Is Veda Krishnamurthy on the verge of becoming the first Indian cricketer to play in the Big Bash League?
A fan of Michael Clarke and Kevin Pietersen, Veda Krishnamurthy is a brilliant fielder both inside the 30-yard circle and out of it.
Except for the obvious difference in raw power, everything is same between men's and women's cricketers. Swinging the bat isn't as common. But the paddle sweeps, square cuts, and flicks are all there.
As a middle-order batswoman, Veda Krishnamurthy's record is pretty impressive, but she is yet to test herself on uncharted waters and a stint with a Big Bash League franchise will provide her with that opportunity.
Now with inaugural champions Sydney Thunder skipper Alex Blackwell confirming that they have their eye on Veda Krishnamurthy along with a couple of other stars, it is certainly good times for Indian cricket.
Speaking exclusively to Sportskeeda, she says, "I am glad that people are talking about me and other cricketers. But it needs to be seen who fits in their squad and what requirement they have at this moment."
Smriti Mandhana, Harmanpreet Kaur, and Jhulan Goswami are the other Indians on the radar of both Thunder and runners-up Sydney Sixers.
The 23-year old from Kadur in the Chikmagalur district of Karnataka adds, "I will give it a thought if any opportunity arises or I’m offered to play in a prestigious league like BBL."
The Big Bash League has already established itself as the second-best T20 tournament after the very famous Indian Premier League (IPL), so it should come as little surprise if our women cricketers benefit greatly from the competition.
Started as a gully cricketer, played with boys in her initial years
It was only in Class 7 that she garnered the courage to go up to her father and confess her love for the game. "I showed my father a newspaper advertisement about a trial camp in Karnataka Institute of Cricket and he took me the next day to that camp. That's how the journey began."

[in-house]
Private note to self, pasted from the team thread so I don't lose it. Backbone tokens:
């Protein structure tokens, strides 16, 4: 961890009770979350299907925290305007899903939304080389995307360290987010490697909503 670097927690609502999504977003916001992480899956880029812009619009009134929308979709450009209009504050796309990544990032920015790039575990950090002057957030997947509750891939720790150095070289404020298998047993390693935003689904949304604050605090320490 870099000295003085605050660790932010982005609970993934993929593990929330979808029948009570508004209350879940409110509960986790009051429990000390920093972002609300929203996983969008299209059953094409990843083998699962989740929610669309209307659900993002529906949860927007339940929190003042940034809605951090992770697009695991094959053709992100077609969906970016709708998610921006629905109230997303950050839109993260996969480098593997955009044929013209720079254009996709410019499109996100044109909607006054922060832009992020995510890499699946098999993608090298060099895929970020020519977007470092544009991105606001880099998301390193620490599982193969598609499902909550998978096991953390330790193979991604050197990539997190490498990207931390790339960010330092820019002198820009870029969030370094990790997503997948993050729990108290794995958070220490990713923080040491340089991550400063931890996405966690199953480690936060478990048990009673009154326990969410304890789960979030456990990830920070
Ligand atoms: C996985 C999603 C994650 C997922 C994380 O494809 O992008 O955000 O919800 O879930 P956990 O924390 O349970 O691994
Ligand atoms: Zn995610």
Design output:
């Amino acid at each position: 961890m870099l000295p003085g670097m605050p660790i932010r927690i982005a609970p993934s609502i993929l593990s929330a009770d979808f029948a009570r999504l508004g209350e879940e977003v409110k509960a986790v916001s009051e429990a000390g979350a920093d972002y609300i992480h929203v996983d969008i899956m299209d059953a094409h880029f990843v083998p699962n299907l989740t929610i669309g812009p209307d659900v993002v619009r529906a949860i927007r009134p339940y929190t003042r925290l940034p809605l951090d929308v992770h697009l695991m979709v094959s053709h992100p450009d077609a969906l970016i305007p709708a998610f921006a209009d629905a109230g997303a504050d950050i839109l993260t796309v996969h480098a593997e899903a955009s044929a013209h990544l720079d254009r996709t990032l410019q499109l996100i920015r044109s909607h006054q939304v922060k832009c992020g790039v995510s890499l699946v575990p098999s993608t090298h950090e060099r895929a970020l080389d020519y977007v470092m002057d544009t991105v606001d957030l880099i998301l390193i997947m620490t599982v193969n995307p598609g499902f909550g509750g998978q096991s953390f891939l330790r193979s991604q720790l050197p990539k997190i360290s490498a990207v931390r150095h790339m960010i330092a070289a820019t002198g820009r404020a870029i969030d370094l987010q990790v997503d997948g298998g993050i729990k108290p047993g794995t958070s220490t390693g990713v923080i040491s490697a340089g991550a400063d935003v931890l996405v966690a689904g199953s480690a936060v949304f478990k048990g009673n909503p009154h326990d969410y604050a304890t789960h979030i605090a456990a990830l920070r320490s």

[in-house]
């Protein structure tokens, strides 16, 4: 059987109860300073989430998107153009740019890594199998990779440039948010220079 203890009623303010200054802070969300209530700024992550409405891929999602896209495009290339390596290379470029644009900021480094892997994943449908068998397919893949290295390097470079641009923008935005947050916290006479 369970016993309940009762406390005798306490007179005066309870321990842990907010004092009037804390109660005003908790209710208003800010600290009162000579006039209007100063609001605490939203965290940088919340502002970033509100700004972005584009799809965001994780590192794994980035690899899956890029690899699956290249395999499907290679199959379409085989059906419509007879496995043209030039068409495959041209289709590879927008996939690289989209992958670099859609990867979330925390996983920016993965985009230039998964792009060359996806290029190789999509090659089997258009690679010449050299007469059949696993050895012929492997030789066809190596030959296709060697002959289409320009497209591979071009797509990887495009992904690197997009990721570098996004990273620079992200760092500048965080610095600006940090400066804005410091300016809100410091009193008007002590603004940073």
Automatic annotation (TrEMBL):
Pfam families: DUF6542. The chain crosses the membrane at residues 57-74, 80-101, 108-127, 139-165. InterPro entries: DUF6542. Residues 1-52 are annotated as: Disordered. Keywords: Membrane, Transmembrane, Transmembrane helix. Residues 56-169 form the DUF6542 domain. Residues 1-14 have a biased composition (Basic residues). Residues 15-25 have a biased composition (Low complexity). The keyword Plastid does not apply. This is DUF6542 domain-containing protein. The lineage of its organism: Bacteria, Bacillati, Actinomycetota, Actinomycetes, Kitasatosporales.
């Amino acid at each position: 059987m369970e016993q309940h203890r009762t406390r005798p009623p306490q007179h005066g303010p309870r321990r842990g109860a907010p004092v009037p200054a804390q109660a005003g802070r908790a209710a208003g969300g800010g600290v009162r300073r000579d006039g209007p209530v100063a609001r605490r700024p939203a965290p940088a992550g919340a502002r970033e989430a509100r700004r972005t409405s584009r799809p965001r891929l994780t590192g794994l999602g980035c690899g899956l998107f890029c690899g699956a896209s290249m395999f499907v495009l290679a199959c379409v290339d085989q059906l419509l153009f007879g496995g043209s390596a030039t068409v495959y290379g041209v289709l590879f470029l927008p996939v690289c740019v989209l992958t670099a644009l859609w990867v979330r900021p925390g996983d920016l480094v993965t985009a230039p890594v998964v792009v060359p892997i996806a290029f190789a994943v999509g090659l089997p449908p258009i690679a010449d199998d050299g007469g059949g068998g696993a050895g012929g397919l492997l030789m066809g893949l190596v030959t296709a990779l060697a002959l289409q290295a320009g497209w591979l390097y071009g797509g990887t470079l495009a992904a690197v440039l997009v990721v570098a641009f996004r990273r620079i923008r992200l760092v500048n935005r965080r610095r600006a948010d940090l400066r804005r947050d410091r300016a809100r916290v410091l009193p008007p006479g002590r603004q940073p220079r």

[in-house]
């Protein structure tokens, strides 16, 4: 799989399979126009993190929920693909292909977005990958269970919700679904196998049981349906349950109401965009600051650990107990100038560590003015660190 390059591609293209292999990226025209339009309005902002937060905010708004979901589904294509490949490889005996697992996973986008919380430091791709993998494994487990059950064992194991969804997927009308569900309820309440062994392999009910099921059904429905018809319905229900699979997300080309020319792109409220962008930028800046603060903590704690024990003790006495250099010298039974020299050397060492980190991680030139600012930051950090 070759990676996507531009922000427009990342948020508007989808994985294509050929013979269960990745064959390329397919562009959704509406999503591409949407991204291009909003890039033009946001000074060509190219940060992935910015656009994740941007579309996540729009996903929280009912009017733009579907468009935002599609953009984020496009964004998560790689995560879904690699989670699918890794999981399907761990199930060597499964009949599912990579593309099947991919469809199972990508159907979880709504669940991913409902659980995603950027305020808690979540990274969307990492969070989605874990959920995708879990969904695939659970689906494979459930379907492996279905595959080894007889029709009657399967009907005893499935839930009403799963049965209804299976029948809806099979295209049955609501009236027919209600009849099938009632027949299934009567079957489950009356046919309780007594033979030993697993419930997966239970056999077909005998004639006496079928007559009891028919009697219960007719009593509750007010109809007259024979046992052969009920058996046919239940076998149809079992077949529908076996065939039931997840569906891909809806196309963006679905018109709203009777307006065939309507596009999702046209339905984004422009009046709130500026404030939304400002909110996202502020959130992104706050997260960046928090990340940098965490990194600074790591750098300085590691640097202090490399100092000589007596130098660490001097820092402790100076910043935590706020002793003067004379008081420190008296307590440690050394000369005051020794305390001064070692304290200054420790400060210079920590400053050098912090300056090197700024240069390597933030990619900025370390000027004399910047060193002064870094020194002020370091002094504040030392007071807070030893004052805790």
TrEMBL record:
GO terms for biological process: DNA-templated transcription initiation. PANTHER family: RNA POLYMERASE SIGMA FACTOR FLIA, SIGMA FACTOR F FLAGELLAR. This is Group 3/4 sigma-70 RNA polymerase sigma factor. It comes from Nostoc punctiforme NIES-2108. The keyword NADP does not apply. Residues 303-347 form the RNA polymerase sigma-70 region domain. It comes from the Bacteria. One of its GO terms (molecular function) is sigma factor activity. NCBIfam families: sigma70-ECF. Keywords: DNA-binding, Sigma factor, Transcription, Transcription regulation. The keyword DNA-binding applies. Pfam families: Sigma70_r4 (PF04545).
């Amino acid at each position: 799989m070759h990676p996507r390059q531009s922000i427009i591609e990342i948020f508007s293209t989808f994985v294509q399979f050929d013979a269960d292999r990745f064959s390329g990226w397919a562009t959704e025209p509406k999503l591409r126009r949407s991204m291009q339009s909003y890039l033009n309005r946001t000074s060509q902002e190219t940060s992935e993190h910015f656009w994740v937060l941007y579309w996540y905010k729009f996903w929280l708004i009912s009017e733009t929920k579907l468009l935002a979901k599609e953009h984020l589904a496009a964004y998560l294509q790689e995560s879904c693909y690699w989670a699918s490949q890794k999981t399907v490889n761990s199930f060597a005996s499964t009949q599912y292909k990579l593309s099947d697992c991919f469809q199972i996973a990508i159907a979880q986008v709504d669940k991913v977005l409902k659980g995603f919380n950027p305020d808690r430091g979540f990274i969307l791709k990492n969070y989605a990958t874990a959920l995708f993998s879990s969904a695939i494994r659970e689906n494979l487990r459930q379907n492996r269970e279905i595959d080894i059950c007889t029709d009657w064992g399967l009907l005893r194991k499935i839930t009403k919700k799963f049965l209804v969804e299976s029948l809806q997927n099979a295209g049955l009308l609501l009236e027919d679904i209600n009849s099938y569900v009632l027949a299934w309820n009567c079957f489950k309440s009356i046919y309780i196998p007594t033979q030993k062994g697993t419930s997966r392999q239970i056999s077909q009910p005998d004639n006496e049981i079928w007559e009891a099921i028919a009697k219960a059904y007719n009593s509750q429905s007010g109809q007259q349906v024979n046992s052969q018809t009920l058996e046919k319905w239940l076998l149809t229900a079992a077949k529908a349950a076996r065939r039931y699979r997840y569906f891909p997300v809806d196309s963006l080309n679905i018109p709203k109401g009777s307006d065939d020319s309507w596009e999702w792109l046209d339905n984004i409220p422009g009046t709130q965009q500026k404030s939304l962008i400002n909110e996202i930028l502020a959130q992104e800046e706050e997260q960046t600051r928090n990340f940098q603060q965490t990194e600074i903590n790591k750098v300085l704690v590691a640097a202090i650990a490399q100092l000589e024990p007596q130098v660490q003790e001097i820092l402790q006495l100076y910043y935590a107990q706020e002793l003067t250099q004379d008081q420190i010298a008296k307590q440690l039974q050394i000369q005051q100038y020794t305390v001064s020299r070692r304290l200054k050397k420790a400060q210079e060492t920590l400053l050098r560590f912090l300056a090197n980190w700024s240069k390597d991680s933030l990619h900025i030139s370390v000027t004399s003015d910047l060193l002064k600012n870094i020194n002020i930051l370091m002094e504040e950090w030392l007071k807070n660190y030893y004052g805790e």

Irfan Sait was impressed with her fielding efforts and batting techniques that day. The rest, as they say, is history.
The middle order batswoman recalls, "It has been a roller-coaster ride for me since then. Earlier, everyone used to come and tell me - I have the potential to play for India. But only in 2010, did I realize that I can don the Indian jersey."
Fifty in debut match at the age of 18
In her debut match against England Women, she scored a fifty to steer India out of a tricky situation. "I was among runs that year and was expecting a call-up. I was sure of getting a chance in the series against West Indies which unfortunately did not take place. But then series against England has to be my favorite and the one I want to cherish for a long time,” adds Veda.
On being asked the biggest sporting highlight of her career, she says, "The 63, I scored against New Zealand in my comeback series gave me a lot of confidence. Not to forget, my 36 against Australia in the first T20 of the 3-match series which is our highest ever chase in T20 Internationals."
The former captain of Karnataka under-19 team usually comes at number 5 but she batted after the fall of the first wicket which makes it even more special.
A fan of Michael Clarke and Kevin Pietersen, Veda is a brilliant fielder both inside the 30-yard circle and out of it. She was selected in the Karnataka state team because of her fielding skills. It won't be wrong to term her a specialist.
"One needs good reflexes, soft hands, good concentration for good fielding. I used to practice karate, so all these were never an issue. It comes naturally to me," she signs off.
A stint in Australia with world-class cricketers can only develop her as a fielder and increase her hitting ability. The men's Champions Trophy is next year and already everyone knows about it through social media and advertising.
On the other hand, Australia is truly promoting women's cricket.Yes. The viability is increasing. Why not a women’s IPL? Short and sweet tournament.